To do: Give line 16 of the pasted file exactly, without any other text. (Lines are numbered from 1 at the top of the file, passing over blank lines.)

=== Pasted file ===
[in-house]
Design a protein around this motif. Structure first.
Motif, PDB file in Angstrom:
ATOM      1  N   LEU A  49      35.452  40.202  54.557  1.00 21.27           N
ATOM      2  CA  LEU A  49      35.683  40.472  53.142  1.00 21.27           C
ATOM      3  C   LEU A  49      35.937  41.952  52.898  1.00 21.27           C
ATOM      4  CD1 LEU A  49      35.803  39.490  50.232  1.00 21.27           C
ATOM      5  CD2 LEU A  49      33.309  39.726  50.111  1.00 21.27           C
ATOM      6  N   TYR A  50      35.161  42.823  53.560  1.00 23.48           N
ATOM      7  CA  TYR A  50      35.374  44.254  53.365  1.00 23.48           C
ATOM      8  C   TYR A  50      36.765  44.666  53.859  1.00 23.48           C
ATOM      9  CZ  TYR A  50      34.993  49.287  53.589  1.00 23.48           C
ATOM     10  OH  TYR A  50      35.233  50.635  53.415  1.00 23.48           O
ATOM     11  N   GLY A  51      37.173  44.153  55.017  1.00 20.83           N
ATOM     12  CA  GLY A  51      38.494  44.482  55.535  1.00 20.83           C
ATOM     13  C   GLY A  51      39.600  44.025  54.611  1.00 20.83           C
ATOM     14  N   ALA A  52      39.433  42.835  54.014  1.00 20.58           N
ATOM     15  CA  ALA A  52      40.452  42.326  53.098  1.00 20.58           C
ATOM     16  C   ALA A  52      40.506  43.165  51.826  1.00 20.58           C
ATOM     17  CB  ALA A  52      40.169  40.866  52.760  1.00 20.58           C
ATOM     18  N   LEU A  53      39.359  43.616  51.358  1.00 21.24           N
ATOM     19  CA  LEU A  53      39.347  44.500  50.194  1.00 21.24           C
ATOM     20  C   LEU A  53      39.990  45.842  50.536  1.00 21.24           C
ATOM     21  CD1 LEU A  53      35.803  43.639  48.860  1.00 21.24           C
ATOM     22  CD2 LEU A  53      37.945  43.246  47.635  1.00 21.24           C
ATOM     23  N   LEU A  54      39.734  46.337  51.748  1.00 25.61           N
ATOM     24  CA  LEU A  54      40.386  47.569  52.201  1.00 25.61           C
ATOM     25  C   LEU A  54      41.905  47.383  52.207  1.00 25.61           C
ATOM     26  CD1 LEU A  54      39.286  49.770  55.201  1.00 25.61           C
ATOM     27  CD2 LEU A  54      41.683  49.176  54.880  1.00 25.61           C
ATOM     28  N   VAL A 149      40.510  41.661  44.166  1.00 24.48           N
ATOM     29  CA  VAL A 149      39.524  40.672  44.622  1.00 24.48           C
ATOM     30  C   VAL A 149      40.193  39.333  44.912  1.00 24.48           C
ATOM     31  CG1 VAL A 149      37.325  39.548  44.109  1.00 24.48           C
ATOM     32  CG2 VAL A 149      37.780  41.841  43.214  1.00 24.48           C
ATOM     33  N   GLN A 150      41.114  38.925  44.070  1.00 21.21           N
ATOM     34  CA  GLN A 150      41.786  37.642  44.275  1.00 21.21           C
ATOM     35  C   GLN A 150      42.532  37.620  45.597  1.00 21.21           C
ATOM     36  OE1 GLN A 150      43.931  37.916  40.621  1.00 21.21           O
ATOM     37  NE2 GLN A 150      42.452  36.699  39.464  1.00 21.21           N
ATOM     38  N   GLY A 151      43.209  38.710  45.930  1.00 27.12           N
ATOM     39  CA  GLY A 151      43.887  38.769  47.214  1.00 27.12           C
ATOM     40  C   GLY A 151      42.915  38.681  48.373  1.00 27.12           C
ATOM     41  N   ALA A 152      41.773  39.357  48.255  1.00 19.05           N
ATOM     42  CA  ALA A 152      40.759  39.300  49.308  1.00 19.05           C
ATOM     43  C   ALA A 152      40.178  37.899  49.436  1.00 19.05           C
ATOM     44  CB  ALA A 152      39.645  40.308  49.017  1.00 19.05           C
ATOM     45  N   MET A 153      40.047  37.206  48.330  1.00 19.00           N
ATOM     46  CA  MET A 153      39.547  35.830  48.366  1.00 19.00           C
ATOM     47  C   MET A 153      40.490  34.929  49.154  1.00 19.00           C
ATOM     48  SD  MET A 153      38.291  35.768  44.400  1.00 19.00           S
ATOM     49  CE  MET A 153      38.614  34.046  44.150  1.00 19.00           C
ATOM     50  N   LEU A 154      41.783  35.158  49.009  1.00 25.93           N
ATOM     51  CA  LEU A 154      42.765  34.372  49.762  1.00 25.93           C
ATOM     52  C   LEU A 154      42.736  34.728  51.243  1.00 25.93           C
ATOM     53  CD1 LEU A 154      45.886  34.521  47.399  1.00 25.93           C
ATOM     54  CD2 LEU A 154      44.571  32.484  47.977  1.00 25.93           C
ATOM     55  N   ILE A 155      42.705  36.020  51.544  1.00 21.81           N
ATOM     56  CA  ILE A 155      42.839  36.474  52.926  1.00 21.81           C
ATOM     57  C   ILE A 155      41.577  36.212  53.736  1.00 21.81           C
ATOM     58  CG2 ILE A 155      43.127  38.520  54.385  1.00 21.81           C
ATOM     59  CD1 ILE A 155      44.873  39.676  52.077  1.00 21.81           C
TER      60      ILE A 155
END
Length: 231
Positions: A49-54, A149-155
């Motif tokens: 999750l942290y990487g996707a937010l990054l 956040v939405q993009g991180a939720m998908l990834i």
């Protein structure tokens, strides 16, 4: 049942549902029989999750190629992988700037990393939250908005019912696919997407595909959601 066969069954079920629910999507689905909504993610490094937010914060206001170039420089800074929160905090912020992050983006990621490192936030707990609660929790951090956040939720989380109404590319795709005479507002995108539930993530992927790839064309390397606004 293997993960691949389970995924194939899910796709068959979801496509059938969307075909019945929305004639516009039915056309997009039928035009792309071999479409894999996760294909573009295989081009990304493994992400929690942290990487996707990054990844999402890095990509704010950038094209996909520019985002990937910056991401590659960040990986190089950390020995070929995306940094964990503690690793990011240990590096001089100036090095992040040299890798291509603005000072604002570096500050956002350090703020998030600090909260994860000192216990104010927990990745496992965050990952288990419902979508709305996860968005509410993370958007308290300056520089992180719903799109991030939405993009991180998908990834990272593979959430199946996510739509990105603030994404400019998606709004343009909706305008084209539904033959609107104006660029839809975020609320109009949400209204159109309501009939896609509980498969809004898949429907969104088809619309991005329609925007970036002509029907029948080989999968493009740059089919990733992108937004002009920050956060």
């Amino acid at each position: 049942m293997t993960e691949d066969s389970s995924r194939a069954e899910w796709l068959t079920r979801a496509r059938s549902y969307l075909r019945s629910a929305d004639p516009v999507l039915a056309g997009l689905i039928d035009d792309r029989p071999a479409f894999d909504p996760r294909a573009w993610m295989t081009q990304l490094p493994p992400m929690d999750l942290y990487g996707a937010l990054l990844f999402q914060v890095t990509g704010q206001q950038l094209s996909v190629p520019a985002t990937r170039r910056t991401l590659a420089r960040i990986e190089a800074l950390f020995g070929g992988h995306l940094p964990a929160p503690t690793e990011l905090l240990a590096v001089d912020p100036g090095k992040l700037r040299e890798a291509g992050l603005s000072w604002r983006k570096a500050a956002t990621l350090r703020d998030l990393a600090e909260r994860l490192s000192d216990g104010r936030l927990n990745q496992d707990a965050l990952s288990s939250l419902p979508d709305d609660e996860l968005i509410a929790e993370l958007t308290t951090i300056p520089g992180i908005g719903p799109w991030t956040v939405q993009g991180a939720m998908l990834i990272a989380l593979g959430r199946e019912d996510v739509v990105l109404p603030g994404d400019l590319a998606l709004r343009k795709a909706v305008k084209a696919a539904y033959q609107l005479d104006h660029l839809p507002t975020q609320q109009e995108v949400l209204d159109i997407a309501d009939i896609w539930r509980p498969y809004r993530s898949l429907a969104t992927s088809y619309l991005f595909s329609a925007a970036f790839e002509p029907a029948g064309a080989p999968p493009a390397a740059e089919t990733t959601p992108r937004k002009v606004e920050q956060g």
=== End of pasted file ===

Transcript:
ATOM     13  C   GLY A  51      39.600  44.025  54.611  1.00 20.83           C